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The Tax Cuts and Jobs Act: Impact on PrecisionLender Assumptions

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With the recent Tax Cuts and Jobs Act, our clients have another item or two to add to their 2018 planning activities. Among other changes in the tax code, one that stands out for banking clients is the 21% tax rate – drastically lowered from 35% for C corporations.

(Note: Throughout this article, we will reference C corporation tax rates. For clients who are structured as a pass-through S corporation and for our credit union clients, your circumstances and rates may be different.)

The PrecisionLender platform utilizes corporate tax rates as a key factor in calculating account-level and relationship-level profitability. Bank management and PrecisionLender administrators will want to consider the impact on the bank’s improved cash flows resulting from a lower tax liability – and whether to retain those savings for the bank’s shareholders or to pass along the savings to the bank’s borrowers.

Similarly, bank management and PrecisionLender administrators should anticipate and readily adjust to how their bank’s competition will handle this tax windfall. 

Finally, other aspects of the Tax Cuts and Jobs Act will undoubtedly have an impact on the bank’s growth prospects and their borrowers’ appetites for debt. 

We strongly recommend PrecisionLender administrators and bank management consult with tax advisers to understand their bank-specific impacts, but we also wanted to provide a high-level overview of what has changed, the potential magnitude of the impact, and the actions bank management and PrecisionLender administrators should consider in configuring their PrecisionLender tool.

ROE is defined as net income after taxes divided by equity. The equity portion of the ROE calculation is not affected by the new Tax Act. However, the lower tax rates will increase net income after taxes by approximately 20% for C corporations. Since this is the numerator of the equation, absent any other change, the ROE will increase by a comparable amount.

A PrecisionLender client can take one of several approaches when considering this tax cut:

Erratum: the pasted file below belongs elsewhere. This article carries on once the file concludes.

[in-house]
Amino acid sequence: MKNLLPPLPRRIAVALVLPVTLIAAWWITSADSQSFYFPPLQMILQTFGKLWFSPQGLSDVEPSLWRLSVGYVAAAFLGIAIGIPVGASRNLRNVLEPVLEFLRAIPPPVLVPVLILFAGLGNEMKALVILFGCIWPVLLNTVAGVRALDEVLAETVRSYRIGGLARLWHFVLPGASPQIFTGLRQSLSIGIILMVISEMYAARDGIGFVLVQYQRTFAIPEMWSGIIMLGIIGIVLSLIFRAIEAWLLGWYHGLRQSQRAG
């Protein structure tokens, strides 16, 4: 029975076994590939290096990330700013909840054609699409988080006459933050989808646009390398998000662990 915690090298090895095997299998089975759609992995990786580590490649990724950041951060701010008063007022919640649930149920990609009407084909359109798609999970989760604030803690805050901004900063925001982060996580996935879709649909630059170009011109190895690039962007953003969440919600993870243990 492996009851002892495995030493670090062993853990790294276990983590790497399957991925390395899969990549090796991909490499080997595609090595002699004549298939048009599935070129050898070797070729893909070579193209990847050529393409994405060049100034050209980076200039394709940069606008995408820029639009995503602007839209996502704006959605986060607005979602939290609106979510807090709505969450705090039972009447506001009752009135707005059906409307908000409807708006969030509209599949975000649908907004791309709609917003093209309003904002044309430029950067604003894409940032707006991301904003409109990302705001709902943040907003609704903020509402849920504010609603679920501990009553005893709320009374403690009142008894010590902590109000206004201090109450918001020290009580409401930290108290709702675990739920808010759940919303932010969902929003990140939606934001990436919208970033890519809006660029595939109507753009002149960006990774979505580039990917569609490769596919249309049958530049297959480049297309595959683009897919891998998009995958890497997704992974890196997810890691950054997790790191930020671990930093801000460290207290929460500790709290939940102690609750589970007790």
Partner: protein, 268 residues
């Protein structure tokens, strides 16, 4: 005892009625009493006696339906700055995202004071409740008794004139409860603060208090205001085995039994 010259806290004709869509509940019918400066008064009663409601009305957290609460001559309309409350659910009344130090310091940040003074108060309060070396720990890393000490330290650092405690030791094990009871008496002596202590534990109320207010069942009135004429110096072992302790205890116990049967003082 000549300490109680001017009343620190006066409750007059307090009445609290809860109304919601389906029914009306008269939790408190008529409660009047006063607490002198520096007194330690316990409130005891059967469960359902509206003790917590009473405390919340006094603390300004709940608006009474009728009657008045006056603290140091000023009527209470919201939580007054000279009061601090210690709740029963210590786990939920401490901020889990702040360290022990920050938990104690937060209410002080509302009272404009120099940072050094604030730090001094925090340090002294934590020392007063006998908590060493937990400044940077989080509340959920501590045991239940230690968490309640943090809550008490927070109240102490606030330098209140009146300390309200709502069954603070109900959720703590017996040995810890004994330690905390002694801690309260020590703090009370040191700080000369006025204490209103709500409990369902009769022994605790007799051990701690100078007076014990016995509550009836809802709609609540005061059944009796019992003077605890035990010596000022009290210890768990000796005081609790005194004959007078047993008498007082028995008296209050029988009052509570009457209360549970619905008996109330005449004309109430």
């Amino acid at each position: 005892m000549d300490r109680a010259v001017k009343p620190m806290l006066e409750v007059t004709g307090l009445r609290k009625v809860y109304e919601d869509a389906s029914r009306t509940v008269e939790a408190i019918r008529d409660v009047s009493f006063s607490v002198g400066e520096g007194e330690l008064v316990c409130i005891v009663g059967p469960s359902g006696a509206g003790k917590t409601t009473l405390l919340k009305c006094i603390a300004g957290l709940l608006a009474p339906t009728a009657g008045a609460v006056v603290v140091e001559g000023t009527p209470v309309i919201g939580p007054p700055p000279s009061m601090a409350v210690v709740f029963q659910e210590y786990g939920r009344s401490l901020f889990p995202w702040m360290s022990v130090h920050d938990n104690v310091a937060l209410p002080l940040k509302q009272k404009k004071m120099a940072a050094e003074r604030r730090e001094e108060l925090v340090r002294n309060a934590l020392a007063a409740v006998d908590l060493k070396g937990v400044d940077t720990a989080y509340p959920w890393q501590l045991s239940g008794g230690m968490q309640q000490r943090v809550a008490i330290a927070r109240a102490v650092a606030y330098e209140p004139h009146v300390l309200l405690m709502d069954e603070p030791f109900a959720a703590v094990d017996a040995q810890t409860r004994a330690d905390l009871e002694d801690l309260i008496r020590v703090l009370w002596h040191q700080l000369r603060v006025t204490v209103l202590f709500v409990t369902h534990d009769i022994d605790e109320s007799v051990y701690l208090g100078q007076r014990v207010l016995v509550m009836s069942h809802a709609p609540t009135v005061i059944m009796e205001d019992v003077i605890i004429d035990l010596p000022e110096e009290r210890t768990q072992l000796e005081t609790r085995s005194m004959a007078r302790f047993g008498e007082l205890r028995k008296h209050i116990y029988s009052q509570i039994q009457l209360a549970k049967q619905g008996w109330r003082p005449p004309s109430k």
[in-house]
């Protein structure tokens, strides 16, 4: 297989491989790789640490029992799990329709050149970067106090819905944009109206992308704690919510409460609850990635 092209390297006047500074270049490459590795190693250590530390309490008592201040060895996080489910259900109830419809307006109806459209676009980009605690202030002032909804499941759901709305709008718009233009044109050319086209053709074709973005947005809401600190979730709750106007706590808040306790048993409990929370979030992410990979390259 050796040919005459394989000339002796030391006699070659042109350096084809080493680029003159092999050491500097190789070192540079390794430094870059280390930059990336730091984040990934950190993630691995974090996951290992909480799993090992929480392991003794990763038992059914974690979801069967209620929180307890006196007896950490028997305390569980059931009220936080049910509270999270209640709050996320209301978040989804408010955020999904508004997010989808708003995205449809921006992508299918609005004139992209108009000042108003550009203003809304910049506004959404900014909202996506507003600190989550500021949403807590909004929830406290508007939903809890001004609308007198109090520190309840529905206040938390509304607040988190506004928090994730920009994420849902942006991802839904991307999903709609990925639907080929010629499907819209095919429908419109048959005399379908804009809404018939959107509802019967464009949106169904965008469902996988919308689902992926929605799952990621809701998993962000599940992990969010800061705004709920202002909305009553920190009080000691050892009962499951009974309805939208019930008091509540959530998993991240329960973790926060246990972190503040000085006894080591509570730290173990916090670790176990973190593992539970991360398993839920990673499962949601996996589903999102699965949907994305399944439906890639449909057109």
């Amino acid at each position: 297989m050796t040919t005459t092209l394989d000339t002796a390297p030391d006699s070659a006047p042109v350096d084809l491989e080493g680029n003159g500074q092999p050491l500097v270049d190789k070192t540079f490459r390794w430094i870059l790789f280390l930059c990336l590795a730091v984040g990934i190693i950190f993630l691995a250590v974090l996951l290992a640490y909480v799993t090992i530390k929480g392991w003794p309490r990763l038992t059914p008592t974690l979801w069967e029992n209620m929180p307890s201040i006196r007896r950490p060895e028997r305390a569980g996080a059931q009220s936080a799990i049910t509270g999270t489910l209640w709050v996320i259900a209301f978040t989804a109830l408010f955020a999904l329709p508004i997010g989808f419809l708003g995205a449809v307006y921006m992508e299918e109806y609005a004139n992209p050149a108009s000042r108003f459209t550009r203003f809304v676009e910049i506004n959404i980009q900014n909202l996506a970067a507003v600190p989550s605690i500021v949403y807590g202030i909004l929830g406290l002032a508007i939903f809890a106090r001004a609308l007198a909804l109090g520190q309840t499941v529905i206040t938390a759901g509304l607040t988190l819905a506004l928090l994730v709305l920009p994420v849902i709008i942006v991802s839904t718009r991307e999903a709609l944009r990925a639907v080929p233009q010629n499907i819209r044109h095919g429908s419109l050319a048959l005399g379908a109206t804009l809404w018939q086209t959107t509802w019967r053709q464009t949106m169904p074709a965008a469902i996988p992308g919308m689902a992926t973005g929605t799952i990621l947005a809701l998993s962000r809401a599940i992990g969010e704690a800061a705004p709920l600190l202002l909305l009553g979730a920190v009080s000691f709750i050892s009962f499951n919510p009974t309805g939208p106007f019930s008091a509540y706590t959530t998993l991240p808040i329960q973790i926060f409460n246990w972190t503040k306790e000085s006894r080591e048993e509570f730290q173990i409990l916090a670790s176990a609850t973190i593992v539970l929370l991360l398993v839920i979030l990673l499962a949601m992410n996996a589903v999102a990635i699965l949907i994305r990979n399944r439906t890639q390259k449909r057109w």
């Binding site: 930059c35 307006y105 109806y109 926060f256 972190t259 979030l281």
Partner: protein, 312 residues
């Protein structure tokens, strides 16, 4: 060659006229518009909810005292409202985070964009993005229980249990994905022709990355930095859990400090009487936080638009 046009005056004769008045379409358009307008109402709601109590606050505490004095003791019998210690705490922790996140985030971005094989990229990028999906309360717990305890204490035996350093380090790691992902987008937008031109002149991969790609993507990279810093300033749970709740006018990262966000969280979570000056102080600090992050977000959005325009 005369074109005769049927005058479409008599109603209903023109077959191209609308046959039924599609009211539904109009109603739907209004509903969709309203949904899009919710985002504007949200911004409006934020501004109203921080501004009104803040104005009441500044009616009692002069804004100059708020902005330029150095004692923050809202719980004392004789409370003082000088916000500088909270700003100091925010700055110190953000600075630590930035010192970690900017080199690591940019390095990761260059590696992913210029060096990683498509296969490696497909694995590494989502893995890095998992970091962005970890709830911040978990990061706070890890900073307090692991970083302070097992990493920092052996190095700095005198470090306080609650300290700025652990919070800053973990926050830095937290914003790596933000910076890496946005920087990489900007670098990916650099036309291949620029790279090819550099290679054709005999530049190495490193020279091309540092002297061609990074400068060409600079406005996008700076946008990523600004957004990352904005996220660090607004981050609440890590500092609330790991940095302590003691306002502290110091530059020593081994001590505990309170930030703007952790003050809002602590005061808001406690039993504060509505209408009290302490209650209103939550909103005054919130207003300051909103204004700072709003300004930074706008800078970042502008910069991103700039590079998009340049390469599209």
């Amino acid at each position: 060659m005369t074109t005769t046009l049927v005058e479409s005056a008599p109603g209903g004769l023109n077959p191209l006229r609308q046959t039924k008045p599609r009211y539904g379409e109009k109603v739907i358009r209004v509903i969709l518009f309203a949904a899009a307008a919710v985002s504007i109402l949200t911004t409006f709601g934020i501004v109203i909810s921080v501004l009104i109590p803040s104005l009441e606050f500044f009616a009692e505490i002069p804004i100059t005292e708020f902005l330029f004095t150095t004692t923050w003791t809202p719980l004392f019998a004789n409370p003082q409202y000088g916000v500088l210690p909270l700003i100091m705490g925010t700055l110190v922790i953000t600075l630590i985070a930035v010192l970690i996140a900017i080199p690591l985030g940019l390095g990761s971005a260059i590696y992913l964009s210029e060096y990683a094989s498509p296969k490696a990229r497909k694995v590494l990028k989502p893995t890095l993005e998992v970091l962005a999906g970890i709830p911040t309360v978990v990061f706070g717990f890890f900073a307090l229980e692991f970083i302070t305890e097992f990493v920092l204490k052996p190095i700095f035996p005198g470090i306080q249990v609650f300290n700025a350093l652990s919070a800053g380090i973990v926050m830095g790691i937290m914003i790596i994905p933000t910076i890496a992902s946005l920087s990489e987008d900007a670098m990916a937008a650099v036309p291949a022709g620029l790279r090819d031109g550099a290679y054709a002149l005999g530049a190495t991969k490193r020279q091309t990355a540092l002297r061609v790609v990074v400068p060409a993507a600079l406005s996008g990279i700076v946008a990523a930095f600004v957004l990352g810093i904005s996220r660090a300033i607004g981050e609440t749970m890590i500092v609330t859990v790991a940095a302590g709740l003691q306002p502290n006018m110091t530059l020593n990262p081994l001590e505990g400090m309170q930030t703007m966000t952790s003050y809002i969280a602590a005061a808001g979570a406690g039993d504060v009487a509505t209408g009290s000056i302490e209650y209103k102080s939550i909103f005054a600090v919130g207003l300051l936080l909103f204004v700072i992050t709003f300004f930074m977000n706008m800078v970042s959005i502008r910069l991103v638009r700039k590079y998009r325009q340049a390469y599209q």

• Retain the tax savings for bank shareholders
  • Pass along the tax savings to the borrower in the form of lower spread, rate, structure, etc.
  • A blend of the two approaches above.

Let’s look at the mathematics behind the first two strategies.

Retaining Savings

If the bank decides to set a new higher ROE target to turn those tax savings into increased profitability, the change can be expressed as follows:

ROEnew = ROE * (1-z2)/(1-z1), where

z1 = the prior tax rate

z2 = the new tax rate

ROEnew = the new ROE target

ROE = the present ROE target


The table below shows how ROE targets might be increased for a product, using the new, lower corporate tax rate of 21% to retain these tax savings for bank shareholders. For example, on a product with a current ROE target of 16%, the new target should be raised to around 19%.


Passing Along Savings

For the second strategy, in which all the tax savings are passed along to the borrower, the reduction in loan interest rate can be mathematically expressed as:

Interest Rate Reduction = (1-(1- z1)/(1- z2)) * EA * ROE/ (1- z1), where

z1 = the prior tax rate

z2 = the new tax rate

EA = the equity to average asset ratio for the loan

ROE = the present ROE target


While there are numerous ways to impact loan profitability but for this piece we’re focusing on the borrower-rebated tax savings in terms of loan spread reduction.

The table that follows, using the new corporate tax rate of 21%, shows what the decline in the loan interest rate would be if based on the targeted ROE and the Equity to Average Asset (EA) ratio. As illustrated, these figures vary, from a 26-basis point reduction for a 12% ROE target with an 8.0% EA to a 65-basis point reduction where the ROE target is 24% and the EA is 10%. For many of our clients, the “rule of thumb” is a ~45-basis point reduction.



Tables 1 and 2 illustrate the bookends of the new Tax Act strategy. Most clients will find that some blend of retaining profitability while also passing along some of the savings to borrowers maximizes loan and NIM growth. 

There will undoubtedly be other impacts from the Tax Cuts and Job Act. Some notable ones, which our clients should consider when configuring PrecisionLender ROE target assumptions, include:

  • For banks with an international presence, they are now more competitive globally – which should spur loan growth.
  • Wealth management products may get a boost from wealthier, less taxed individuals – improving the value of cross-sell and relationships generally.
  • For corporate borrowers, a reduction on interest-expense deductions will likely weigh on earnings. Limiting interest expense deductibility to 30% of adjusted taxable income may cause companies to deliver and borrow less on commercial loans.
  • For banks with large real estate books, it is important to note that at the taxpayer’s election, the interest expense limitation above does not apply to interest incurred by the taxpayer in any real property activities.
  • The effect on tax-exempt loans is complex, but largely these investments are less profitable under the new Tax Act.

This Tax Act change not only impacts new opportunities but also the bank’s existing relationship profitability. While best practices suggest that loan ROE targets should be periodically reviewed, this Tax Act change is so material that we urge clients to accomplish this in early 2018

PrecisionLender’s Client Success team is available to provide tools and assistance in this endeavor.  Please see the following article if you have questions on the mechanics of making these changes:

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